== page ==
As for compliments , the nicest one is , ” Oh I didn’t realise it was a wig ” or ” I thought it was your own hair ” .

    I’m so glad you had a great day out and it’s a wonderful outcome with your wife meeting Michelle .

  2. Dee,
    I hope you don’t mind but I’ve just checked out the forum and was interested to read your question on the number of trans/cders we have seen . In my old home town I can’t recall any but in my new home town only twenty miles distance I have seen at least a dozen . Some more passable than others but sometimes I do question their motives , perhaps I should consider some don’t want to pass and some really have no idea about presentation . The difficult question then arises should I stop and chat to them ? Perhaps I should turn that around and ask myself how would I react if they stopped me to chat ?

    1. I believe that people should wear what they want to wear, male, female, and in between.

      We ask for tolerance from others when we go out in public but we as CDers are intolerant of how other CDers present themselves? I suggest judge not lest ye be judged.

      When you write “some more passable than others” you are actually saying that NONE of them are “passable” because otherwise you wouldn’t have noticed them as being trans/CD. What you are really saying that some of them meet your standards of how they should dress more than the others. And you consider approaching them to share your OPINION on how they should dress? Do you do the same with GGs you see on the street and offer how they should dress too? In short, for anyone to do that I would consider that to be extremely rude.

      To be clear, I don’t believe I pass. I also don’t care. The people I’ve met, the friends I’ve made don’t care either. I don’t believe that “blending” gives a CD a magic cloak of invisibility that means others won’t notice. If I am going to take the time to get dressed and go out, am I going to wear what I want to wear–or wear what some unknown person on an internet board thinks I ought to wear?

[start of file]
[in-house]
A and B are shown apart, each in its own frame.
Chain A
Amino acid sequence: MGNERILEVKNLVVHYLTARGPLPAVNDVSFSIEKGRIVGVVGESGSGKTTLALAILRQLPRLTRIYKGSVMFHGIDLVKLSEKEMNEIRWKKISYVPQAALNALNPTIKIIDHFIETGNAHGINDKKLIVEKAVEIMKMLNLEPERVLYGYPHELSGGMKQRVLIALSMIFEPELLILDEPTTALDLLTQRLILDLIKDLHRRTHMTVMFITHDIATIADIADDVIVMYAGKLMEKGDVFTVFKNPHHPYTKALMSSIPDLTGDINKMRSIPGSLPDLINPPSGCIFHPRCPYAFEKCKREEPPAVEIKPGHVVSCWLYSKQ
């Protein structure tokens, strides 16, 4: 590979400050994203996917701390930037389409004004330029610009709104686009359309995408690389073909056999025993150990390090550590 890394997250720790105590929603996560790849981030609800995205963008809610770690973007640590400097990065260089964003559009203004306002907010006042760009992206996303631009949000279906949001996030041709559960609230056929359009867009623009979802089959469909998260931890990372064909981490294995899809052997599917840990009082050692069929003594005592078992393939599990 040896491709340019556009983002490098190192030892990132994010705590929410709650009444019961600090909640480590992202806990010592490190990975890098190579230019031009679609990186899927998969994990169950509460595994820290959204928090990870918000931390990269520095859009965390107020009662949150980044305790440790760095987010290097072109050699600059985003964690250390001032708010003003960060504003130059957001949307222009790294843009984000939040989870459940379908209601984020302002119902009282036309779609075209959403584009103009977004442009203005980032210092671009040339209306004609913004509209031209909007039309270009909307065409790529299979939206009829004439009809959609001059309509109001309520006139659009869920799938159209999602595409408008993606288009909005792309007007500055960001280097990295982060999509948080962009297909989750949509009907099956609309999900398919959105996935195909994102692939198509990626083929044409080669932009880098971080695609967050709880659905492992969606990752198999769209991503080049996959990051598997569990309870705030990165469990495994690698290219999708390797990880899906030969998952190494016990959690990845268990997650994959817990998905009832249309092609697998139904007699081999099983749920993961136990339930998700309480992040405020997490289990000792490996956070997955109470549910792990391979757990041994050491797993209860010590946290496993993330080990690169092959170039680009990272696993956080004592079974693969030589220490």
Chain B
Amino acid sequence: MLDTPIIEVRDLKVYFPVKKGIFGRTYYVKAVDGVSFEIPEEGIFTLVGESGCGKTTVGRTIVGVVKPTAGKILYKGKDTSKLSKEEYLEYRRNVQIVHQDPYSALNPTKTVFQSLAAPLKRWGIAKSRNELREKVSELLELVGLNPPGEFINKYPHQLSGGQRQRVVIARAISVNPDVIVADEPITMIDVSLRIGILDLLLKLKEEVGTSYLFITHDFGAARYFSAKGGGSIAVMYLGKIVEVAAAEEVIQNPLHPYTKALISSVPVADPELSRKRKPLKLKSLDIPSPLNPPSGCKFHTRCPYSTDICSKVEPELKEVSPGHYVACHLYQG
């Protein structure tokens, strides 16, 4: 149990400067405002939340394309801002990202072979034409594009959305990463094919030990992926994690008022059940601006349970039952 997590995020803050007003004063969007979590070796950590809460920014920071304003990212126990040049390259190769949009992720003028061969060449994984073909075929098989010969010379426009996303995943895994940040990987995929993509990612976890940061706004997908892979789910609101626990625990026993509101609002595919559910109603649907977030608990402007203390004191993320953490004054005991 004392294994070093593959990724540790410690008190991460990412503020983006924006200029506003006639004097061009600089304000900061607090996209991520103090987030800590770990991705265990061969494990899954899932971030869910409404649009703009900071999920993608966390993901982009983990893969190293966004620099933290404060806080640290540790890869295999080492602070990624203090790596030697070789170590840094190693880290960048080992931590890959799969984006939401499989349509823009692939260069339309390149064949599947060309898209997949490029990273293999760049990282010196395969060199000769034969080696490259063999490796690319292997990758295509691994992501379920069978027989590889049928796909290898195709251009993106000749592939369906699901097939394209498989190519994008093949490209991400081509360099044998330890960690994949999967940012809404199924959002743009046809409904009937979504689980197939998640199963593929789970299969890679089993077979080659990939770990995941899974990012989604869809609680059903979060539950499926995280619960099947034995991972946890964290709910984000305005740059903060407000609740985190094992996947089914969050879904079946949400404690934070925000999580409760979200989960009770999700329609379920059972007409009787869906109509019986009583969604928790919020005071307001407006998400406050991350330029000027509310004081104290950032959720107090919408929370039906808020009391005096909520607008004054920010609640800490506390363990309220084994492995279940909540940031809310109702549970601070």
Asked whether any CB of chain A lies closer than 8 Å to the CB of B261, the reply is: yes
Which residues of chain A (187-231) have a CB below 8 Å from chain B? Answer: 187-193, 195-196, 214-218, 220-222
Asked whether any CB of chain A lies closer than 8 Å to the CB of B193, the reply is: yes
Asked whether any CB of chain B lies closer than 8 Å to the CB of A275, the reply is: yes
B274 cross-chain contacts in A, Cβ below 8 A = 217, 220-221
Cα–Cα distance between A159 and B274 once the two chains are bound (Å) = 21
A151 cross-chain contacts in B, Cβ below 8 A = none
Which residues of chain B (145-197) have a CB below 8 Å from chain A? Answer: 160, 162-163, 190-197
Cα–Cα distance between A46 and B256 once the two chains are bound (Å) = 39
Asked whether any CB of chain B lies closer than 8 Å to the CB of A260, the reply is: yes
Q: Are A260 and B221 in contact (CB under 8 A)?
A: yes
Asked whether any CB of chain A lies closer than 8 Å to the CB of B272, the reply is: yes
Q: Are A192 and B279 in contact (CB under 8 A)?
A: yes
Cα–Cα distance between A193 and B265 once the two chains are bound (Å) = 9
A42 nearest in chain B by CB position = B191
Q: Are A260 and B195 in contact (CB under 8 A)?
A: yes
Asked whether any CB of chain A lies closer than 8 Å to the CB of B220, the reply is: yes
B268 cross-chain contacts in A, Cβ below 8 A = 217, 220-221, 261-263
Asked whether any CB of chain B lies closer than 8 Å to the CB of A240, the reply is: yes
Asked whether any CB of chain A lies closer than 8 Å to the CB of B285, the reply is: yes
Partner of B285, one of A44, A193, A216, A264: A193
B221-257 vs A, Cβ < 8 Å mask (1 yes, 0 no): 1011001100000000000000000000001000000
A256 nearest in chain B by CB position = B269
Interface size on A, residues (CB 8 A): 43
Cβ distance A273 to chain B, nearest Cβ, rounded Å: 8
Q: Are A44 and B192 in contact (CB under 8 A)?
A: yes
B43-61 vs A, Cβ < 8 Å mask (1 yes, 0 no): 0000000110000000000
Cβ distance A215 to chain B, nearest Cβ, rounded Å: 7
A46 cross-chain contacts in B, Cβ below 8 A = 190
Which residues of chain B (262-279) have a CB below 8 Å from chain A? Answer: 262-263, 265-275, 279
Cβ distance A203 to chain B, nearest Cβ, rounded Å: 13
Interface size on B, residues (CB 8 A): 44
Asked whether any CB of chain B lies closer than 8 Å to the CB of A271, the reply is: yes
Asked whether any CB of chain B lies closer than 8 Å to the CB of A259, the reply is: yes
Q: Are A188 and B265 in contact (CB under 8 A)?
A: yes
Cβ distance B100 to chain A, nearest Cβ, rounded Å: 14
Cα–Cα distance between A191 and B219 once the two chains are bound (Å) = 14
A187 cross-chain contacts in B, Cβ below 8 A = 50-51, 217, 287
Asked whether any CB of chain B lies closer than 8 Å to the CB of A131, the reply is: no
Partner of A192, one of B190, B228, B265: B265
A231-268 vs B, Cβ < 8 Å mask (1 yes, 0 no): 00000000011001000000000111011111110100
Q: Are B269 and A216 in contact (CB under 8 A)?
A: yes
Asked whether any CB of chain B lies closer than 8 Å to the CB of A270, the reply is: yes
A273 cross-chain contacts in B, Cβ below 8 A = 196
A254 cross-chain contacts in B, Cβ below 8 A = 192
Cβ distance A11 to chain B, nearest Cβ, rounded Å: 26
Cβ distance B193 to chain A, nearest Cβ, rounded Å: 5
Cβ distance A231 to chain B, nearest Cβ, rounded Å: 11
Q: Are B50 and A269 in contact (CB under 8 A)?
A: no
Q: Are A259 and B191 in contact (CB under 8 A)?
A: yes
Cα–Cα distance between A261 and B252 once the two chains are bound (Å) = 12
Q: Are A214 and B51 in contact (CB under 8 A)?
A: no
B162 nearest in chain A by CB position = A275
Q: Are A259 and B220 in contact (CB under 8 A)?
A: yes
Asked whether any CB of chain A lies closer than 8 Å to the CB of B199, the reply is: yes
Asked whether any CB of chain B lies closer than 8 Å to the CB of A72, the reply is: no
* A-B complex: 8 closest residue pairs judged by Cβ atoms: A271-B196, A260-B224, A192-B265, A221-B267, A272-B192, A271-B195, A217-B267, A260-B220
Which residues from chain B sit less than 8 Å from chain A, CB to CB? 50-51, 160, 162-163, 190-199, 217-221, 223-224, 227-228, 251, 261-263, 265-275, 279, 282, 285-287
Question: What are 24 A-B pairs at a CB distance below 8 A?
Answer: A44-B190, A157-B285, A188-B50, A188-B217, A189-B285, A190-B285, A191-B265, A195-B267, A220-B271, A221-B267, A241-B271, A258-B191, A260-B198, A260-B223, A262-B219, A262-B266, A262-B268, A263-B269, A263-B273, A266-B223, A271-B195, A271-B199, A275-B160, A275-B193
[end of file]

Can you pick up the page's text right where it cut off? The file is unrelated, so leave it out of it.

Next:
I like cute stuff and I bought it because I thought it would be cute on me, and I buy stuff to wear out. Also virtually all my clothes are from stores that originally sold them for women, so some manufacturer out there thought it was good enough so a woman would buy it.

      In short, the ONLY person who should be judging what is appropriate to wear is the person wearing it, otherwise you are letting others run YOUR life.

      Here’s my guest post in the same vein at Stana’s.

  3. I strongly agree Dee. Wig shopping in person is the only way to go. It was a wonderful 60 minutes for me. And as you say, the SA was extremely helpful and supportive.

  4. Dee,
    Perhaps we’ve hit on the problem of being a (trans ) woman and being happy in your own skin as a CDer . No I certainly wouldn’t critcise another for the clothes they chose to wear , it’s for them to decide what they feel is appropriate or not . All I can say is I’m very happy with my acceptance level , some may see me totally as a woman and some may have their doubts , I don’t see the point in publicising what I am , I don’t really think about the trans issue I’m just Teresa .